A tweet by @MattRWilkins crossed my Twitter stream this morning. Wrote Wilkins, “Many are redefining the theology of the church today & in so doing they are redefining God. Mark it down, God is NOT up for redefinition!” Wilkins’ implications in this tweet are problematic in many ways. I will address five in this post.
1) He implies that theology is somehow “of God.” Quite the contrary: theologies are “of people.” Theologies are human attempts at understanding the inexplicable. Much of the biblical witness is a collection of theologies by the original authors. They often vary because God is inexplicable. They conflict because each of the ancient’s experiences of the Divine were filtered through personal experiences, culture, time and place in history, and scientific understanding of how the world works. The same can be said of contemporary theologies.
2) He implies that the church has a unanimity of opinion. The historical record contradicts the idea that “the church” has ever been of one mind theologically. The times when the Roman church had multiple popes, the Protestant reformation, and the Catholic counter-reformation are but a few examples of times when theologies were far from singular. The only way to argue that the church has ever had one theology is to exclude vast numbers of followers of Jesus from the church.
All who profess Jesus and seek to follow his teachings, however imperfectly, are part of the church, of the body of Christ. We all have spiritual gifts to contribute to the whole.
3) He implies that the theologies of the church have never changed. As humanity has sought to understanding the spiritual realm ideas have evolved. This is true within Christianity. In seeking to understand the nature of God, for example, followers of Jesus developed trinitarian theology over centuries.
The trinity is a post-biblical interpretation of the scriptures which expands upon themes within the Bible. I tend to use trinitarian language because it helps me describe my experiences of God. This language is not the literal nature of God. It is a human construct designed to understand the Divine. Other followers of Jesus, part of the church, do not subscribe to trinitarian theologies.
4) He implies that God is silent in our age. To suggest that our understanding of the nature of God was complete at some point in the past, suggests humans can define God. He intimates that God no longer speaks. To do so is to deny the entire Pentecostal movement, the everyday experiences of billions, and to restrict the Divine. A silent God is a dead God.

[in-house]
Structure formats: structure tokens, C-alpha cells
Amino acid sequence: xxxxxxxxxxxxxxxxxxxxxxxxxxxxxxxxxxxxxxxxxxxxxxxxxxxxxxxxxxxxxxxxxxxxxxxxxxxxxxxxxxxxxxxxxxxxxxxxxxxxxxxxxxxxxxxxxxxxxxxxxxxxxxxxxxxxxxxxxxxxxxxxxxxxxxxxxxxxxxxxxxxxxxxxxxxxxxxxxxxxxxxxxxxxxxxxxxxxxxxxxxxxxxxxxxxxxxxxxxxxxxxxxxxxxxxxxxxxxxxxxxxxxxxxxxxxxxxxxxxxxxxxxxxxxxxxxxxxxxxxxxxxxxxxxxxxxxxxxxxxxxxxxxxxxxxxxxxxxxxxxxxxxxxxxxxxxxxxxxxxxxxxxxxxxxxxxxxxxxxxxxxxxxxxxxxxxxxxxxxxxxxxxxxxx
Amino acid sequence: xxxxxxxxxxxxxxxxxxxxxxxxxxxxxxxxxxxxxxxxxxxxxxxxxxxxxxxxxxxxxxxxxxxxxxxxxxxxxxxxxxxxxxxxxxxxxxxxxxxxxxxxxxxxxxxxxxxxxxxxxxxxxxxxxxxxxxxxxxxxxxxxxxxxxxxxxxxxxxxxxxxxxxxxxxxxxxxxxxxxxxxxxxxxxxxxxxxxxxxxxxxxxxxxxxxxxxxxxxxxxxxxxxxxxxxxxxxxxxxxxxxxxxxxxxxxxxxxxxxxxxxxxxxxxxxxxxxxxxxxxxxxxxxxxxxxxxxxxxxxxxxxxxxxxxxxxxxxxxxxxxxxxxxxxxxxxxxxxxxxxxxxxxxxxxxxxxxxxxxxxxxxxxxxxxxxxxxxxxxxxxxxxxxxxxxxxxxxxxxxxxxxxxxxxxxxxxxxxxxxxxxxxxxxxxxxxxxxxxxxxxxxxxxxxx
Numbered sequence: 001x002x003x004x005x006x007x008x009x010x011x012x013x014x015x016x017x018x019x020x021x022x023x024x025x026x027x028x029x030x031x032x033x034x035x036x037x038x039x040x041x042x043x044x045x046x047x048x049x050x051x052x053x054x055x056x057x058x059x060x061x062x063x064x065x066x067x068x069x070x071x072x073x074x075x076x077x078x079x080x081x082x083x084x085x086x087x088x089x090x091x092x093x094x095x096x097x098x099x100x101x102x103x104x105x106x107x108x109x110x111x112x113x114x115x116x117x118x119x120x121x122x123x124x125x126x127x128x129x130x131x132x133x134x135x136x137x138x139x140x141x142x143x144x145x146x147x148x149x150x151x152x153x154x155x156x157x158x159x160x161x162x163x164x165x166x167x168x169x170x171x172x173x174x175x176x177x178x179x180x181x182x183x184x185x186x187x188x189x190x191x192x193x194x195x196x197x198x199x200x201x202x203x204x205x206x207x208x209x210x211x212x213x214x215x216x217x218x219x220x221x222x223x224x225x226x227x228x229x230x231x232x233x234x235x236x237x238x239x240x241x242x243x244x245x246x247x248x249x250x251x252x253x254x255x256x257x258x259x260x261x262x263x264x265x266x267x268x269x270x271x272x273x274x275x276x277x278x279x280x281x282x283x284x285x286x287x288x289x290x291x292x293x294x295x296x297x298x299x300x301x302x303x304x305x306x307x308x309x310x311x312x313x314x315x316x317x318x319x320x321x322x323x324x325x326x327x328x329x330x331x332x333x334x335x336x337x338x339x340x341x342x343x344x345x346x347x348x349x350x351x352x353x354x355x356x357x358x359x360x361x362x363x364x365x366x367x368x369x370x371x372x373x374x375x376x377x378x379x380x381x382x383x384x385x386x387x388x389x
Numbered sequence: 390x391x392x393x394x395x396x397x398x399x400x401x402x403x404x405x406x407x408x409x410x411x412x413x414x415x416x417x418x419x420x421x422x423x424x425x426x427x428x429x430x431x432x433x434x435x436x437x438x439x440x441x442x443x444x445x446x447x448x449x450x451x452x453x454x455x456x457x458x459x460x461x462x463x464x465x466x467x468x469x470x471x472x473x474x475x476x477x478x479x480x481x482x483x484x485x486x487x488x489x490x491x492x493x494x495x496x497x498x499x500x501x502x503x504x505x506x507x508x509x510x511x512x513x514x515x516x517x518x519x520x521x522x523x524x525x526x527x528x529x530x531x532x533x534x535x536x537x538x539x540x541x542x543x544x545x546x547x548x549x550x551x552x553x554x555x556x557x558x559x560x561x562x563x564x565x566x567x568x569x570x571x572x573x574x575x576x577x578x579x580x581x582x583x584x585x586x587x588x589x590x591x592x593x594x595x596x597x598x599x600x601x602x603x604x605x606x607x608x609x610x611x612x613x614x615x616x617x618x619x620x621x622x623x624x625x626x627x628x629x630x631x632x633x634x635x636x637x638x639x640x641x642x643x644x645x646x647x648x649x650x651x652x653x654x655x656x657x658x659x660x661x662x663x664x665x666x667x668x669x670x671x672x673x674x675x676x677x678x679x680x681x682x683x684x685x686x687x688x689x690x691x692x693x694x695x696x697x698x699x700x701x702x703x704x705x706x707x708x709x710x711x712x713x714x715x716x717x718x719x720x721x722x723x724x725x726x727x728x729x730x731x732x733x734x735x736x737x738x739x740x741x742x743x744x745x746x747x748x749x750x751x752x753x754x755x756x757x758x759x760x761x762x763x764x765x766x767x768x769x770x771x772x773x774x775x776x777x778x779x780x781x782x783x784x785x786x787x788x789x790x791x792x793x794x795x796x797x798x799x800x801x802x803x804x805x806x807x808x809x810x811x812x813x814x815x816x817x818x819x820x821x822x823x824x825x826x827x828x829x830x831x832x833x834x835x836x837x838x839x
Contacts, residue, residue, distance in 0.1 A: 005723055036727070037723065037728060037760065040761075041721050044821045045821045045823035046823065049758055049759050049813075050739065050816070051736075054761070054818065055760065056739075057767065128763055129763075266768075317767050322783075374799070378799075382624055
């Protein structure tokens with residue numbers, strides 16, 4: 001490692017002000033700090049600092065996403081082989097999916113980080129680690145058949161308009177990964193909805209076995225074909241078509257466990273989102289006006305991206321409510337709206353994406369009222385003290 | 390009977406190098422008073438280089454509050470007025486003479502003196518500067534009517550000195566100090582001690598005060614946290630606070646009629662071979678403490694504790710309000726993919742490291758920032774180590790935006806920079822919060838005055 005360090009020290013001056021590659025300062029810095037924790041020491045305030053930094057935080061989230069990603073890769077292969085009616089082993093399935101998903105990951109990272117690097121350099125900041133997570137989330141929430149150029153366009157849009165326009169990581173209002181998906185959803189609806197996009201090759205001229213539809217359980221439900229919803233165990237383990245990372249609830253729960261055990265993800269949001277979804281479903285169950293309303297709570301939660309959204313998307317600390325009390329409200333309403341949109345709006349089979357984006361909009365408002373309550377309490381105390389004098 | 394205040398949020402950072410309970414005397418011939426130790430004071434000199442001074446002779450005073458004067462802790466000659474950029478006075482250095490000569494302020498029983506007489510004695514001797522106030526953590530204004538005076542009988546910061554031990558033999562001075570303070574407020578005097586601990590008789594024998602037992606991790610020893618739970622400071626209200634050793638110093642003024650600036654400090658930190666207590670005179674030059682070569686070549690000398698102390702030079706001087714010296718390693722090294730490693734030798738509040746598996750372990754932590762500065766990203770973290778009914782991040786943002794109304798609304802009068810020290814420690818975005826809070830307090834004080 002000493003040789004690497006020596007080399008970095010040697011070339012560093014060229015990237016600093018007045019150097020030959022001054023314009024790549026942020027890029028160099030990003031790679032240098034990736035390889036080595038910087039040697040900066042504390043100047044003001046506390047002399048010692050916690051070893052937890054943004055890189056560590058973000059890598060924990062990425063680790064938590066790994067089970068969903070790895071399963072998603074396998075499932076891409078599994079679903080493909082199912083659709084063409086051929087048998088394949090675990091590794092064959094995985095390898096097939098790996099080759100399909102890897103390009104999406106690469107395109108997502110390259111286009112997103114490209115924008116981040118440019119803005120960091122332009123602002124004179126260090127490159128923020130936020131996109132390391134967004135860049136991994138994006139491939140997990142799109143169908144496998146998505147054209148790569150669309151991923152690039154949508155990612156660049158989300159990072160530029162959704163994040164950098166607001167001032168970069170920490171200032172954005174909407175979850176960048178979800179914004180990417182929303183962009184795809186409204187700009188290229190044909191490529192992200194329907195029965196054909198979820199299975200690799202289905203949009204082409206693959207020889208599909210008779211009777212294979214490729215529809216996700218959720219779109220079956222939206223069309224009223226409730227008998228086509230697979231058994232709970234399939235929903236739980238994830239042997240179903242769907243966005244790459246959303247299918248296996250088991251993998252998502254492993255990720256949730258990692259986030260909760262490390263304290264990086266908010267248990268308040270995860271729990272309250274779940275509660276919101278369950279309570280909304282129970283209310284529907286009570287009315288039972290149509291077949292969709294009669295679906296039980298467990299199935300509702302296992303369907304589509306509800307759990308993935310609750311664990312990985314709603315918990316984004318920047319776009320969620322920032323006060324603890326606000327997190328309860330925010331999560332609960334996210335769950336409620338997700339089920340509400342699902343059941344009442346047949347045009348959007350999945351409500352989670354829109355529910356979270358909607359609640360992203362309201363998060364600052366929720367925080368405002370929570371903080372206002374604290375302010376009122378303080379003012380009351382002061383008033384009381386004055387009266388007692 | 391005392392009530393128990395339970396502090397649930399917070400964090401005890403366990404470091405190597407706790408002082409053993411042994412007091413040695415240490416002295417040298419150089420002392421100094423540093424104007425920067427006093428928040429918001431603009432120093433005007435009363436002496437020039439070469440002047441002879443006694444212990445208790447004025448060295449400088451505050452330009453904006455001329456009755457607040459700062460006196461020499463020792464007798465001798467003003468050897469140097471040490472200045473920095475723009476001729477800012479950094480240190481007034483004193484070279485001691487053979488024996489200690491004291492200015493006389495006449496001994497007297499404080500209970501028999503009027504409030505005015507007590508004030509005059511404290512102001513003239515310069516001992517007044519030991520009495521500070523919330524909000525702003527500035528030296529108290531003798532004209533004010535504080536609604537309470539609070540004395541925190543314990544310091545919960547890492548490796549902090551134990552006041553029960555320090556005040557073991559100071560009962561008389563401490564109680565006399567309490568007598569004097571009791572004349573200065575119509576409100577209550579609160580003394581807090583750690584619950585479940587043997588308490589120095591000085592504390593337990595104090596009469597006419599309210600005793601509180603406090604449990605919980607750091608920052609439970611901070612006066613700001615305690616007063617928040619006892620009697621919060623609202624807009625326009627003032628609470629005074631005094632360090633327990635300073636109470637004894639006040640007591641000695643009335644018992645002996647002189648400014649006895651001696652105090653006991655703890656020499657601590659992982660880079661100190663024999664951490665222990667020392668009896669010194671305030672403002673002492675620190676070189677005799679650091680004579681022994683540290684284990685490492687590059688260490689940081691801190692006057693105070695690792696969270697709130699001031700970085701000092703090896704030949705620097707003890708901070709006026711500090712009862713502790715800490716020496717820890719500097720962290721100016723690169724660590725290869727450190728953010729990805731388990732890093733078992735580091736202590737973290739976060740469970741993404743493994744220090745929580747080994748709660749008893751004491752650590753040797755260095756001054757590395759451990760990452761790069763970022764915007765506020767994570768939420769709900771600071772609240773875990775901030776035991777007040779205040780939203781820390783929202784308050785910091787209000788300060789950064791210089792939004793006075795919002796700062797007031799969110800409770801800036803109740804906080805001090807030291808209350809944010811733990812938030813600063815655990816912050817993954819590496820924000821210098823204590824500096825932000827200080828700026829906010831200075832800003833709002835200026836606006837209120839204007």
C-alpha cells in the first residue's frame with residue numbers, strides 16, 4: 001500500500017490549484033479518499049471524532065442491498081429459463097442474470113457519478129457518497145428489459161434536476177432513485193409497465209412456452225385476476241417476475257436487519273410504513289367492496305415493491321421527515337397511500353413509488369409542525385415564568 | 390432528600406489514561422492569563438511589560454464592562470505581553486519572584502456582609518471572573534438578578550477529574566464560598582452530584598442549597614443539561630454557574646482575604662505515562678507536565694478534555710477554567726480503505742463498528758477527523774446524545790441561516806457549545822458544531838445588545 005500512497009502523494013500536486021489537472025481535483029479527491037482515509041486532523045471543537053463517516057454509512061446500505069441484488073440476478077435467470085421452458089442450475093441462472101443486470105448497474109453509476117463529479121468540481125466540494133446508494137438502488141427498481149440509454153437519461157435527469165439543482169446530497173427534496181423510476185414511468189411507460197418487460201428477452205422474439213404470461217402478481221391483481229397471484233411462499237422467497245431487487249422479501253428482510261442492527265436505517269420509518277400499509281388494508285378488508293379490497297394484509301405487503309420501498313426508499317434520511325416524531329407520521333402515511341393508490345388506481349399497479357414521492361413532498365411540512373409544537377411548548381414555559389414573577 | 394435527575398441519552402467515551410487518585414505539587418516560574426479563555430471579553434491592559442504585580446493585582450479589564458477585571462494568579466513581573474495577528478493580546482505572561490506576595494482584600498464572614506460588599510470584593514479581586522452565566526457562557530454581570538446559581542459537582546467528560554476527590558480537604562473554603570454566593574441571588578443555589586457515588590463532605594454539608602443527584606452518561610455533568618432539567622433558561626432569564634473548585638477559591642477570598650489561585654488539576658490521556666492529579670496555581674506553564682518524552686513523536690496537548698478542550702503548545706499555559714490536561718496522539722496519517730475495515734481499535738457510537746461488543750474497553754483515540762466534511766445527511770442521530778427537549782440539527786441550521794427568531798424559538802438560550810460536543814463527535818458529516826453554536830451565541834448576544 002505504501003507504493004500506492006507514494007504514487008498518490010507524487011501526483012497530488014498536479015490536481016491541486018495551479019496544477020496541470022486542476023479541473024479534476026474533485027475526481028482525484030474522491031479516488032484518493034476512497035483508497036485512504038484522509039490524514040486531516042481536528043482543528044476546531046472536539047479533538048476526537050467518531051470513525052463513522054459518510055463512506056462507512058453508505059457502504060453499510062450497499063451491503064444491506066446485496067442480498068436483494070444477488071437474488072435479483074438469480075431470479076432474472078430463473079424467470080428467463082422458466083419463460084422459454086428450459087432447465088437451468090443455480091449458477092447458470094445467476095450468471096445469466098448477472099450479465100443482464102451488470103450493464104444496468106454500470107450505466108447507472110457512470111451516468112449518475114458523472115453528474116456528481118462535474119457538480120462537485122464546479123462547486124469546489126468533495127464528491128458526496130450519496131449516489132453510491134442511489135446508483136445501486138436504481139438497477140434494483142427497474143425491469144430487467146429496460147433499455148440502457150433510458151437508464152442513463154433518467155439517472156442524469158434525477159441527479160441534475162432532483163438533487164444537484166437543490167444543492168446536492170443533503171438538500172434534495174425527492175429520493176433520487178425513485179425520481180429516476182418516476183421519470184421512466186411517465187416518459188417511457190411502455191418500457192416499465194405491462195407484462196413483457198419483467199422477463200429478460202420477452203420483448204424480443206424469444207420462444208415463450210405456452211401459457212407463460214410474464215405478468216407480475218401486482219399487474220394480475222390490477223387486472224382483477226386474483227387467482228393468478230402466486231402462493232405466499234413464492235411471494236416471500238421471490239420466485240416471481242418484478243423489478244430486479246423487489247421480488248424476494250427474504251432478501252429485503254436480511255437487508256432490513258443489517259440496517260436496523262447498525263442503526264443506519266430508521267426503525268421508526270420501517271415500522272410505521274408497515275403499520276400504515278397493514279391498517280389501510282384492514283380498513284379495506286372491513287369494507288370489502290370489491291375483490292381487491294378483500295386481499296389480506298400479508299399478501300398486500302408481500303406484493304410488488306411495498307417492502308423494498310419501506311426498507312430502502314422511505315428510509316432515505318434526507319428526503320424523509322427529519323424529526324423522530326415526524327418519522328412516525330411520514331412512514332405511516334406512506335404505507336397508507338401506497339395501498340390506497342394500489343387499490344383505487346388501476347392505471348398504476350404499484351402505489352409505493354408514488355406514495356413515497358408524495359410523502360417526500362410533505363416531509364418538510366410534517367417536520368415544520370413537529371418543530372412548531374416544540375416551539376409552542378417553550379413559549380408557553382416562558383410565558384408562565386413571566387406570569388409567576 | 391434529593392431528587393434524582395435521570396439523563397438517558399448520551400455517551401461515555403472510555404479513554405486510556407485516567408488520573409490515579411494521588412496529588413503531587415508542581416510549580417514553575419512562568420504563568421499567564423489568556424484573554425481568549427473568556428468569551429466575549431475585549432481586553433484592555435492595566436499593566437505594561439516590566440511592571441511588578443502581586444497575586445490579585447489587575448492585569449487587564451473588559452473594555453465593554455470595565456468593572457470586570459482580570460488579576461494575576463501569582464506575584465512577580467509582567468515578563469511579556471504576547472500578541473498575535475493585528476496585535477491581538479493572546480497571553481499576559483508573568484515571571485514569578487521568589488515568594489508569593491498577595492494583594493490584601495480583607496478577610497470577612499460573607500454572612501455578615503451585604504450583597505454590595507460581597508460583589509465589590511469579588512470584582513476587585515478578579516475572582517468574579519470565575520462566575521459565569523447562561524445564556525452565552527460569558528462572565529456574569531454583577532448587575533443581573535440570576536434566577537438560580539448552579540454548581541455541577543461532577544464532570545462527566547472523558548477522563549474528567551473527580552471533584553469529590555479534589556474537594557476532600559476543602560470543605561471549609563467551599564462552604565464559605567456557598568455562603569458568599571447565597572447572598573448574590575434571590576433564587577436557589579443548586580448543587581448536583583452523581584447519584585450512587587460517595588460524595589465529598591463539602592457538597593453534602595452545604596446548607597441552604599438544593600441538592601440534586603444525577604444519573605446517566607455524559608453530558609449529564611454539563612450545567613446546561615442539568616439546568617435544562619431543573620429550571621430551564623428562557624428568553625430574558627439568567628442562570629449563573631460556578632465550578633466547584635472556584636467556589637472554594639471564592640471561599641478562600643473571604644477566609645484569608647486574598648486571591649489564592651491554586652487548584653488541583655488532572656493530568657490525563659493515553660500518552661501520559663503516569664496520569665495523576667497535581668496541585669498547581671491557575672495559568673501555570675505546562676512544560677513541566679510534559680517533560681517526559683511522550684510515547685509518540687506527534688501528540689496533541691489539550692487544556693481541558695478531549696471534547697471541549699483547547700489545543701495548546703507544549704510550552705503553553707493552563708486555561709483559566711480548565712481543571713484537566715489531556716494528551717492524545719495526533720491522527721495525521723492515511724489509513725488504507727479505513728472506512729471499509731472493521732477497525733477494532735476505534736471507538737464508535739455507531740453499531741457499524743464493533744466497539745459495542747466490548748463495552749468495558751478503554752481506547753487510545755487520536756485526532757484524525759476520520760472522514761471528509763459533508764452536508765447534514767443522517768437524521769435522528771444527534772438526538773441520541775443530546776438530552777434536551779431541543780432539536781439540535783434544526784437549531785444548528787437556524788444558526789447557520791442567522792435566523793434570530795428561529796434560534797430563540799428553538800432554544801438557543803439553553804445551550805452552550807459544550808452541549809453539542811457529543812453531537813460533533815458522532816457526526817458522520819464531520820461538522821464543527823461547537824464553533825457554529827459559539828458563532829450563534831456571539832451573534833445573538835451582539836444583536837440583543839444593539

5) Most alarming is that he implies that he owns God. In dismissing all but his own theology, and those who agree with him, the tweeter himself defines God. To maintain this arrogance he must dismiss the experiences of those who find the Divine in other ways. He lays a stumbling block before others and acts as the gatekeeper to Jesus’ love.
Reading this tweet, I imagined a man standing with his arms crossed stubbornly in front of Jesus. Those willing to define God in the way in which he defines God, are welcomed and hugged by Jesus. Those who do not, are forcibly removed.
I experience God differently. The One I experience, stands before us all with open arms. Encouraging us forward, smiling and exuding joy in our mere presence. Like a toddler attempting a first step, if we fall God picks us up, brushes off our knees, sheds a tear with us, wipes our eyes, and wraps Divine arms around us. If we are able to take those first toddler steps, God’s face lights up and divine arms of joy wrap around us. Whether we fall or toddle forward, the God I know, whispers in our ear, You are my Beloved.
For I am convinced that neither death, nor life, nor angels, nor rulers, nor things present, nor things to come, nor powers, nor height, nor depth, nor anything else in all creation, will be able to separate us from the love of God in Christ Jesus our Lord. Romans 8: 38-39 NRSV (Read this passage in context.)